Wild dog monitoring
Wild dog control is important in the western region as a means to alleviate the pressure that wild dogs place on primary producers through predation.
Landholders (in conjunction with other stakeholders) currently employ a wide variety of control techniques, including ground and aerial baiting, trapping and opportunistic shooting.
The effectiveness of these techniques has been researched extensively in NSW, but mostly in the east of the state. This leaves a large gap in our understanding on how wild dogs can be effectively managed in the western regions, as the environment, and landscape are so vastly different.
The goal of wild dog monitoring for Western Tracks is to see if the lessons learnt about wild dog control in the east apply to the west, and if not, how we can tweak them to produce better outcomes in the western regions.
In this project, wild dogs are trapped and fitted with GPS collars and then released. The movements of the collared animals are monitored before, during and after control activities within the region. Data gathered through this process provides information on:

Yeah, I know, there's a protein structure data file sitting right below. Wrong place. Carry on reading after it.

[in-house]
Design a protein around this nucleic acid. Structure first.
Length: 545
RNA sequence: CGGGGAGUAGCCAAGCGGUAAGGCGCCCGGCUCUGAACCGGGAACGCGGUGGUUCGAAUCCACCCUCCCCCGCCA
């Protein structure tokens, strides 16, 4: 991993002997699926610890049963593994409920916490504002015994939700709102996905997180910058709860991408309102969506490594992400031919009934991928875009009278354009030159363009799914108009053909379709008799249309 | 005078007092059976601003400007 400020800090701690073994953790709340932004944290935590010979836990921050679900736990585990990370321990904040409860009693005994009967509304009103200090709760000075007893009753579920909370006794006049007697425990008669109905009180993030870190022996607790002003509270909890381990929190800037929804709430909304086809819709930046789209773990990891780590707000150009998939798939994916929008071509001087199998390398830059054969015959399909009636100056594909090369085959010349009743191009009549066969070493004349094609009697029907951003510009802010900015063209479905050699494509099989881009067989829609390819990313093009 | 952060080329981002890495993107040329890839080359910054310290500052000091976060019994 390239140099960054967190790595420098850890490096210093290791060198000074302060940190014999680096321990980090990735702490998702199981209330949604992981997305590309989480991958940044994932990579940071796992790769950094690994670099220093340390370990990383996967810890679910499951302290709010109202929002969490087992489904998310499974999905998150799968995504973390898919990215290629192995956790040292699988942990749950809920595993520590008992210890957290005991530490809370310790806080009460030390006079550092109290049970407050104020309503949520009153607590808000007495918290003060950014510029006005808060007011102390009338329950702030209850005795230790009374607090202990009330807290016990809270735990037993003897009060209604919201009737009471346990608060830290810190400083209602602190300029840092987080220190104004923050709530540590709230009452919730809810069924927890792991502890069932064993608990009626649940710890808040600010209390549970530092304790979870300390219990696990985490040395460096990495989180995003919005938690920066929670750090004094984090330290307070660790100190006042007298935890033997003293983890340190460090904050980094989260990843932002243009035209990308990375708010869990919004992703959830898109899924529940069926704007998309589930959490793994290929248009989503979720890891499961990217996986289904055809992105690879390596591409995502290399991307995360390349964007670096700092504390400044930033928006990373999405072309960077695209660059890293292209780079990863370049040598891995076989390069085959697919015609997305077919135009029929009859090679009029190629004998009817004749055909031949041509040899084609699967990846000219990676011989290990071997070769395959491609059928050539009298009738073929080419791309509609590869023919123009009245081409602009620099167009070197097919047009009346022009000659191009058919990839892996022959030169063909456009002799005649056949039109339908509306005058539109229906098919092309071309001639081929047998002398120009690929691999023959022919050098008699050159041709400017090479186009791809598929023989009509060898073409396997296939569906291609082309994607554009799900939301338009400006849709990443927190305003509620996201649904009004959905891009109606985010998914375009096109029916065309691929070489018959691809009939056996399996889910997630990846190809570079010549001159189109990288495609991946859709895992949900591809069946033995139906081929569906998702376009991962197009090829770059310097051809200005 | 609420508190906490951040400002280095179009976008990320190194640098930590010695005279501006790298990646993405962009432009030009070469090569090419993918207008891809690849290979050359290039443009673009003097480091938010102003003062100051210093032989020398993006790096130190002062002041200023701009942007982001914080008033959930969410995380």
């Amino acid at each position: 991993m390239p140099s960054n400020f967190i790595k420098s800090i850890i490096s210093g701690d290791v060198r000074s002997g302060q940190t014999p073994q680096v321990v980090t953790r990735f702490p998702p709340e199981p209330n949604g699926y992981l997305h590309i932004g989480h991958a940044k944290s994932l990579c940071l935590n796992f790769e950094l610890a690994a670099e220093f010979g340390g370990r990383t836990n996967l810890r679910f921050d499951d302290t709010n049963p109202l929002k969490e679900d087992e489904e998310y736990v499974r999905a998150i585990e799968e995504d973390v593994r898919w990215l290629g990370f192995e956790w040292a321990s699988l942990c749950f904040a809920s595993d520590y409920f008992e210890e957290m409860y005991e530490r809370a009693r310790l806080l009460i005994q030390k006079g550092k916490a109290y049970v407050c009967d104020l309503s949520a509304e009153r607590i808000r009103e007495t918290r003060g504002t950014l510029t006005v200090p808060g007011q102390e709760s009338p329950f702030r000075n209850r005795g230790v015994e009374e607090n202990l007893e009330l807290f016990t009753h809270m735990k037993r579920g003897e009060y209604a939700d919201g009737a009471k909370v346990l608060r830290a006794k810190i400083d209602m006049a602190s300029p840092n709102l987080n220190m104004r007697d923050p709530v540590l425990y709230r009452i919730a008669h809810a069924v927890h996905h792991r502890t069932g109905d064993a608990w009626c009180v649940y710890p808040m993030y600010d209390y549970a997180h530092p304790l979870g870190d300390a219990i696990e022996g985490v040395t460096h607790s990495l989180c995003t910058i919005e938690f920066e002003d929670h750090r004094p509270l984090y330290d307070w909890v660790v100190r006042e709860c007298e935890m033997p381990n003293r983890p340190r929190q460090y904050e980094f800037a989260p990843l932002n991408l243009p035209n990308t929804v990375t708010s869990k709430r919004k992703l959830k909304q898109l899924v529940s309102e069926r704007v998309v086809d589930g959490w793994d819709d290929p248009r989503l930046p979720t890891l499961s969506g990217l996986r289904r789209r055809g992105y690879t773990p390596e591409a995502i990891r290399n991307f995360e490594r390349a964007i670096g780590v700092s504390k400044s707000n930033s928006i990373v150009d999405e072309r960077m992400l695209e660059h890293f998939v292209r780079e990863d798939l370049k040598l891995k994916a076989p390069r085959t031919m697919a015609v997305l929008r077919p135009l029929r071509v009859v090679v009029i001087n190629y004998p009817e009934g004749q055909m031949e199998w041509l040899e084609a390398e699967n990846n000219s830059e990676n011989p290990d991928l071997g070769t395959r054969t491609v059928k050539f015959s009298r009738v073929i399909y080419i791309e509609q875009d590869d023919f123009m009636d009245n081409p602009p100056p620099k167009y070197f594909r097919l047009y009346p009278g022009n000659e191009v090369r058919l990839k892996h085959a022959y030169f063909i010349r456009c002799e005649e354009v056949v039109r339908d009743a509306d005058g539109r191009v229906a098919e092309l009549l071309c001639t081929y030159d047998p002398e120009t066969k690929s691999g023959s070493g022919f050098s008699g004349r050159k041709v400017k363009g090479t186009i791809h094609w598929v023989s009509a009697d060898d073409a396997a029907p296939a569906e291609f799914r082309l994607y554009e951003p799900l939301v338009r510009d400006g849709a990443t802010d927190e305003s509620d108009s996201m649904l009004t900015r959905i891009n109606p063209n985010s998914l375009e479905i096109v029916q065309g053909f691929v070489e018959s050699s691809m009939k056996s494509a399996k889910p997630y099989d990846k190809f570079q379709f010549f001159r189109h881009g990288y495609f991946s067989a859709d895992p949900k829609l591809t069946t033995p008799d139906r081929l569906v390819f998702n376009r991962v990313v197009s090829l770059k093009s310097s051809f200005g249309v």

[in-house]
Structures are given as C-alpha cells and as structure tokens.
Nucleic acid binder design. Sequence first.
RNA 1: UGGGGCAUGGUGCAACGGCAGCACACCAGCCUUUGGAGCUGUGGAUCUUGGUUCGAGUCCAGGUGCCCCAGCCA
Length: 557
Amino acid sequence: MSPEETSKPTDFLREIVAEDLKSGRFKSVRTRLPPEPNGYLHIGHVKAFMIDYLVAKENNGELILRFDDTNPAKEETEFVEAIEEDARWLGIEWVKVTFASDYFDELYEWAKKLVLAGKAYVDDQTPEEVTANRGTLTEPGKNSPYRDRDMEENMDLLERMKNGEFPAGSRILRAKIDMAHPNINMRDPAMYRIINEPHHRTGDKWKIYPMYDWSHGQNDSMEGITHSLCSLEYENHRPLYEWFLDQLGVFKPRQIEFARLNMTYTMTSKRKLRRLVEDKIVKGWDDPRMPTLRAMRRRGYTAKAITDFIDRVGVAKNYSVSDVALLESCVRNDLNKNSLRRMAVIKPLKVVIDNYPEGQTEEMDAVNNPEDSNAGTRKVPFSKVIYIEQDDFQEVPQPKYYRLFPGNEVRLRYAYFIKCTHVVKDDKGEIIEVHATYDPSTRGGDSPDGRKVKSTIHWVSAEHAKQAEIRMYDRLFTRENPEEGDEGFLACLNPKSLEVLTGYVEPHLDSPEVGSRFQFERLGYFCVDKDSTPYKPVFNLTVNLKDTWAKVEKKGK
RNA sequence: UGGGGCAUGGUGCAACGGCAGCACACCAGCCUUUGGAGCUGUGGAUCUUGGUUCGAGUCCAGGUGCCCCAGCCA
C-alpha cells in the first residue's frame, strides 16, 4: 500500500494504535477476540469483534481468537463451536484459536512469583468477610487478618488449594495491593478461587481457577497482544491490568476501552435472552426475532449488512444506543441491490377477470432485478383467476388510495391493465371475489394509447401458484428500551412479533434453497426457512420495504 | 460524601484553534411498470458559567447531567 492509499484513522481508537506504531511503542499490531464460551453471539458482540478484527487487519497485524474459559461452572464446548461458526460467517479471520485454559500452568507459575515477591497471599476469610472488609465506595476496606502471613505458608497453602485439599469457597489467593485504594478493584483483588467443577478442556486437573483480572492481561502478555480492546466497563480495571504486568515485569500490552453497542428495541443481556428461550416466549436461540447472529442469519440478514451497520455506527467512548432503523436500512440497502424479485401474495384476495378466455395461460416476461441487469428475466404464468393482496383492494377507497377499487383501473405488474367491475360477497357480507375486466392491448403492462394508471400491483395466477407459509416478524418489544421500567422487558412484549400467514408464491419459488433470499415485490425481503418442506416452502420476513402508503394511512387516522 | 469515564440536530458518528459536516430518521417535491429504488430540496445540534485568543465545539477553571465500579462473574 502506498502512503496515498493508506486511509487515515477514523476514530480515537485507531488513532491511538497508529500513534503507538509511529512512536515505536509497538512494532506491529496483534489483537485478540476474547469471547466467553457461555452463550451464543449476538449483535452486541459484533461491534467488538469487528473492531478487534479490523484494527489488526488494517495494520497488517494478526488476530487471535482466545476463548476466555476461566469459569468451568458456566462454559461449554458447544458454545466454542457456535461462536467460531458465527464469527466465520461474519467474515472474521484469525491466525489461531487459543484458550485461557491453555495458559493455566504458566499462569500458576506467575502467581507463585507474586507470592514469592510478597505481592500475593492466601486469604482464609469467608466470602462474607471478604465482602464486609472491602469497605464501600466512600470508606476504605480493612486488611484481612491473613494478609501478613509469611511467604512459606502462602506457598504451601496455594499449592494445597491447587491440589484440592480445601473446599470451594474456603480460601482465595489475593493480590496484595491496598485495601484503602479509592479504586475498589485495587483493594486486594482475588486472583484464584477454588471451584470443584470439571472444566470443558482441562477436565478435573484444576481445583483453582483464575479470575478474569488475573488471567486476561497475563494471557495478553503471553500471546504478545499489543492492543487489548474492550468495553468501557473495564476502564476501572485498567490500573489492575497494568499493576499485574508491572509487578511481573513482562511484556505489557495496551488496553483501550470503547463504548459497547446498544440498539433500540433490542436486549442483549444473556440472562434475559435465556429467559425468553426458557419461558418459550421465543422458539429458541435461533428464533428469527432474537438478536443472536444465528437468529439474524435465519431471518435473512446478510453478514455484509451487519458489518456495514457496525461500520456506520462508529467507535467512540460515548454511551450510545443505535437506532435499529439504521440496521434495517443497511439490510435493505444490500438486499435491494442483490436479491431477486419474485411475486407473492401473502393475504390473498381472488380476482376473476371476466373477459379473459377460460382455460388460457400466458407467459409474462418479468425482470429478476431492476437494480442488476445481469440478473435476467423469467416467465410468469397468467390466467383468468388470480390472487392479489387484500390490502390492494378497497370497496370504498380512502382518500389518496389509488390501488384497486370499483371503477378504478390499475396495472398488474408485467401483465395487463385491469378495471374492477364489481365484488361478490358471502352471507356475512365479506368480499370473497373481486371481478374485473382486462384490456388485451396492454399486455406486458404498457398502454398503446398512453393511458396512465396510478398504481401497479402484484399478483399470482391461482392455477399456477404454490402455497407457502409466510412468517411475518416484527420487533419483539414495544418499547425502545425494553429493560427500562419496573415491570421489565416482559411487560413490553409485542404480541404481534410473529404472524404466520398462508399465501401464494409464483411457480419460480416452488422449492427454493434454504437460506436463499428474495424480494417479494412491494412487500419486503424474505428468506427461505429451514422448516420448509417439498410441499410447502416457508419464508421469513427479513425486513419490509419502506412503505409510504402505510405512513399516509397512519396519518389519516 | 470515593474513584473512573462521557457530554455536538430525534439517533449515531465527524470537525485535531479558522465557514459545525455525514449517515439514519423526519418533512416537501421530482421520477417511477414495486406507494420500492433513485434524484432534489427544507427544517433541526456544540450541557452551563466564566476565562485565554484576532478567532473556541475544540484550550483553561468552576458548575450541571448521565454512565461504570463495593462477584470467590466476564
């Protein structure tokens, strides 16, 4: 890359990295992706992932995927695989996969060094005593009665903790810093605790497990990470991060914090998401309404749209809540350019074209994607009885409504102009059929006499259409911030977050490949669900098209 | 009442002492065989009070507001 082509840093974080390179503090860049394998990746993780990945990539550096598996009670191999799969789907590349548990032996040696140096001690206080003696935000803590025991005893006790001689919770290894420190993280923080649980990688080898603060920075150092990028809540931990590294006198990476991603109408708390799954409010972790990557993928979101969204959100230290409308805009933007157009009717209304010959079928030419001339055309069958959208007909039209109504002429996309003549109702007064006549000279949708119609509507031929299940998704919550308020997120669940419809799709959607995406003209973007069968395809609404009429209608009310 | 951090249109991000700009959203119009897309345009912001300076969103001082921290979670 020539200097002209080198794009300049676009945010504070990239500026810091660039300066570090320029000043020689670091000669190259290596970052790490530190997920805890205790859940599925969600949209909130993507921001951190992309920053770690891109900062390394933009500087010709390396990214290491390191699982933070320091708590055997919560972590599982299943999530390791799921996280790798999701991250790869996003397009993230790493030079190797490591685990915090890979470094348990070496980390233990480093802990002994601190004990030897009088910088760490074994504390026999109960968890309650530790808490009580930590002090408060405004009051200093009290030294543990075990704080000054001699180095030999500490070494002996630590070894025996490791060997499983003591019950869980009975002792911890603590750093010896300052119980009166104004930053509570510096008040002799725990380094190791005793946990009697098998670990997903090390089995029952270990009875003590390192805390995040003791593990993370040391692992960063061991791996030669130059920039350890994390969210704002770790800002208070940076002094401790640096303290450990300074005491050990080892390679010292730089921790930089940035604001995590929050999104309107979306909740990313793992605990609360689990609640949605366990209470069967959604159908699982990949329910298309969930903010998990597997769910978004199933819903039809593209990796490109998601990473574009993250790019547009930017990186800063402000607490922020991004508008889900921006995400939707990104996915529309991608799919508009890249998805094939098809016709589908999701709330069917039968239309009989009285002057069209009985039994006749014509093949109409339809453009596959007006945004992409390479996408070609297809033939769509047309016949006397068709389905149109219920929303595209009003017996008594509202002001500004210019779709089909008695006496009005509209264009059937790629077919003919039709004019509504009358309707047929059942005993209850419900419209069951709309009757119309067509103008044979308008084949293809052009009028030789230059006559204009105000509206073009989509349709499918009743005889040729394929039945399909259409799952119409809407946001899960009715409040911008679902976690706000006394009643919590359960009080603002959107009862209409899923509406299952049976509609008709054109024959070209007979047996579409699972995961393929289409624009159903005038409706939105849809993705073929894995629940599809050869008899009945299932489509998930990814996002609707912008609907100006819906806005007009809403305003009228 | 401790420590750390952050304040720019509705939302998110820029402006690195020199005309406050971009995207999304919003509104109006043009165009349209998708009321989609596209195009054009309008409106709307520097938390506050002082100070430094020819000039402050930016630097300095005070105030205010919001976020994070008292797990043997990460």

- the movements of wild dogs in the landscape
- how wild dogs use the landscape at different times of the year and during control
- how control of wild dogs can be better targeted
- the effectiveness of routine control programs e.g. how many dogs are baited.
Additionally, camera traps are monitoring the wild dog population. This also allows researchers to assess population trends, what other species are present in the landscape e.g. foxes, feral pigs, feral cats and native wildlife, and how they all respond to pests and pest control programs.
Presently, there are two arrays of 30 camera traps deployed (in the Unincorporated Far West and Bourke Shire areas) with plans to install a further 60 cameras in the Central Darling Shire for monitoring wild dogs. There has also been seven wild dogs collared to date, with plans to resume collaring work in 2022.